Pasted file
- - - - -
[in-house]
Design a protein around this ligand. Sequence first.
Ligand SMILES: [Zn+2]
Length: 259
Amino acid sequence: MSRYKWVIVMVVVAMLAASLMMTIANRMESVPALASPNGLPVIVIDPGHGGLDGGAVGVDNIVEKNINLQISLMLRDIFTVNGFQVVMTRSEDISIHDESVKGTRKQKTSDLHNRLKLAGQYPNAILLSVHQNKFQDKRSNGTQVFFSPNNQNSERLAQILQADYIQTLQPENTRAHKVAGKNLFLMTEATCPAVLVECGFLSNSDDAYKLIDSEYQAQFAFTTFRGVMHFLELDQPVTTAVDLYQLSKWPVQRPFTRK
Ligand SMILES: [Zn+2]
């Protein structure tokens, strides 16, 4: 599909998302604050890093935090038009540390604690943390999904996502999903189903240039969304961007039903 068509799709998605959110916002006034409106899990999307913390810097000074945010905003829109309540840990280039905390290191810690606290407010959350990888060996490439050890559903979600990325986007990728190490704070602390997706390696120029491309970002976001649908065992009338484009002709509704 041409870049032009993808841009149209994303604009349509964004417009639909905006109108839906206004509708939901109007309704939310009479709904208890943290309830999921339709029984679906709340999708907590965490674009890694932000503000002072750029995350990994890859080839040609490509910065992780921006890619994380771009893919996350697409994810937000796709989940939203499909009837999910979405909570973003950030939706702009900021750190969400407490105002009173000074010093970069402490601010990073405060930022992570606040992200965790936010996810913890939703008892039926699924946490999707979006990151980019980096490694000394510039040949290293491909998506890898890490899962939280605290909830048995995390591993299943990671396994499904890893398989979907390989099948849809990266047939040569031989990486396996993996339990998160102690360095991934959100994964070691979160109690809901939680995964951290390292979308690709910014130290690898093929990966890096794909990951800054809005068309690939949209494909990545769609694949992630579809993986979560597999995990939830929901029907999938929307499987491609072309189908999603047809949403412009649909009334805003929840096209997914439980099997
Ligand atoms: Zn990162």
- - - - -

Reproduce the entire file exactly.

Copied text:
[in-house]
Design a protein around this ligand. Sequence first.
Ligand SMILES: [Zn+2]
Length: 259
Amino acid sequence: MSRYKWVIVMVVVAMLAASLMMTIANRMESVPALASPNGLPVIVIDPGHGGLDGGAVGVDNIVEKNINLQISLMLRDIFTVNGFQVVMTRSEDISIHDESVKGTRKQKTSDLHNRLKLAGQYPNAILLSVHQNKFQDKRSNGTQVFFSPNNQNSERLAQILQADYIQTLQPENTRAHKVAGKNLFLMTEATCPAVLVECGFLSNSDDAYKLIDSEYQAQFAFTTFRGVMHFLELDQPVTTAVDLYQLSKWPVQRPFTRK
Ligand SMILES: [Zn+2]
């Protein structure tokens, strides 16, 4: 599909998302604050890093935090038009540390604690943390999904996502999903189903240039969304961007039903 068509799709998605959110916002006034409106899990999307913390810097000074945010905003829109309540840990280039905390290191810690606290407010959350990888060996490439050890559903979600990325986007990728190490704070602390997706390696120029491309970002976001649908065992009338484009002709509704 041409870049032009993808841009149209994303604009349509964004417009639909905006109108839906206004509708939901109007309704939310009479709904208890943290309830999921339709029984679906709340999708907590965490674009890694932000503000002072750029995350990994890859080839040609490509910065992780921006890619994380771009893919996350697409994810937000796709989940939203499909009837999910979405909570973003950030939706702009900021750190969400407490105002009173000074010093970069402490601010990073405060930022992570606040992200965790936010996810913890939703008892039926699924946490999707979006990151980019980096490694000394510039040949290293491909998506890898890490899962939280605290909830048995995390591993299943990671396994499904890893398989979907390989099948849809990266047939040569031989990486396996993996339990998160102690360095991934959100994964070691979160109690809901939680995964951290390292979308690709910014130290690898093929990966890096794909990951800054809005068309690939949209494909990545769609694949992630579809993986979560597999995990939830929901029907999938929307499987491609072309189908999603047809949403412009649909009334805003929840096209997914439980099997
Ligand atoms: Zn990162």